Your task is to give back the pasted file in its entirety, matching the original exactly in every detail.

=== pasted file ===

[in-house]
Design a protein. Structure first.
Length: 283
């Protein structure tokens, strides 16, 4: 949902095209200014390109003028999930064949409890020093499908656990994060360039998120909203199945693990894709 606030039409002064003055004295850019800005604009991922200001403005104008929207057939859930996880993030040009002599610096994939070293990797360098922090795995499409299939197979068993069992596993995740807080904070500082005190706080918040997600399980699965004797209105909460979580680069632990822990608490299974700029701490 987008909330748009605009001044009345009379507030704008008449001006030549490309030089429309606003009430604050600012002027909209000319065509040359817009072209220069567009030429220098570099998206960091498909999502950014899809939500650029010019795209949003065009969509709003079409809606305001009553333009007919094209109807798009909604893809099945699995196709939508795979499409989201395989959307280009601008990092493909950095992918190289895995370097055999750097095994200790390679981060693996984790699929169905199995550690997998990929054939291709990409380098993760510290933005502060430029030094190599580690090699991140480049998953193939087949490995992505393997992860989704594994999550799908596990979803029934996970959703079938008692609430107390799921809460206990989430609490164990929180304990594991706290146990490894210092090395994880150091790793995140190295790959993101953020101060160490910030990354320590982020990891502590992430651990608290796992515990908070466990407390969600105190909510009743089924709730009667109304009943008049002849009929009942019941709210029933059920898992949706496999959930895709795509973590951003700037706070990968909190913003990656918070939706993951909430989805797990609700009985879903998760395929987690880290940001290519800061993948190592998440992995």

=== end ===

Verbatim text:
[in-house]
Design a protein. Structure first.
Length: 283
């Protein structure tokens, strides 16, 4: 949902095209200014390109003028999930064949409890020093499908656990994060360039998120909203199945693990894709 606030039409002064003055004295850019800005604009991922200001403005104008929207057939859930996880993030040009002599610096994939070293990797360098922090795995499409299939197979068993069992596993995740807080904070500082005190706080918040997600399980699965004797209105909460979580680069632990822990608490299974700029701490 987008909330748009605009001044009345009379507030704008008449001006030549490309030089429309606003009430604050600012002027909209000319065509040359817009072209220069567009030429220098570099998206960091498909999502950014899809939500650029010019795209949003065009969509709003079409809606305001009553333009007919094209109807798009909604893809099945699995196709939508795979499409989201395989959307280009601008990092493909950095992918190289895995370097055999750097095994200790390679981060693996984790699929169905199995550690997998990929054939291709990409380098993760510290933005502060430029030094190599580690090699991140480049998953193939087949490995992505393997992860989704594994999550799908596990979803029934996970959703079938008692609430107390799921809460206990989430609490164990929180304990594991706290146990490894210092090395994880150091790793995140190295790959993101953020101060160490910030990354320590982020990891502590992430651990608290796992515990908070466990407390969600105190909510009743089924709730009667109304009943008049002849009929009942019941709210029933059920898992949706496999959930895709795509973590951003700037706070990968909190913003990656918070939706993951909430989805797990609700009985879903998760395929987690880290940001290519800061993948190592998440992995």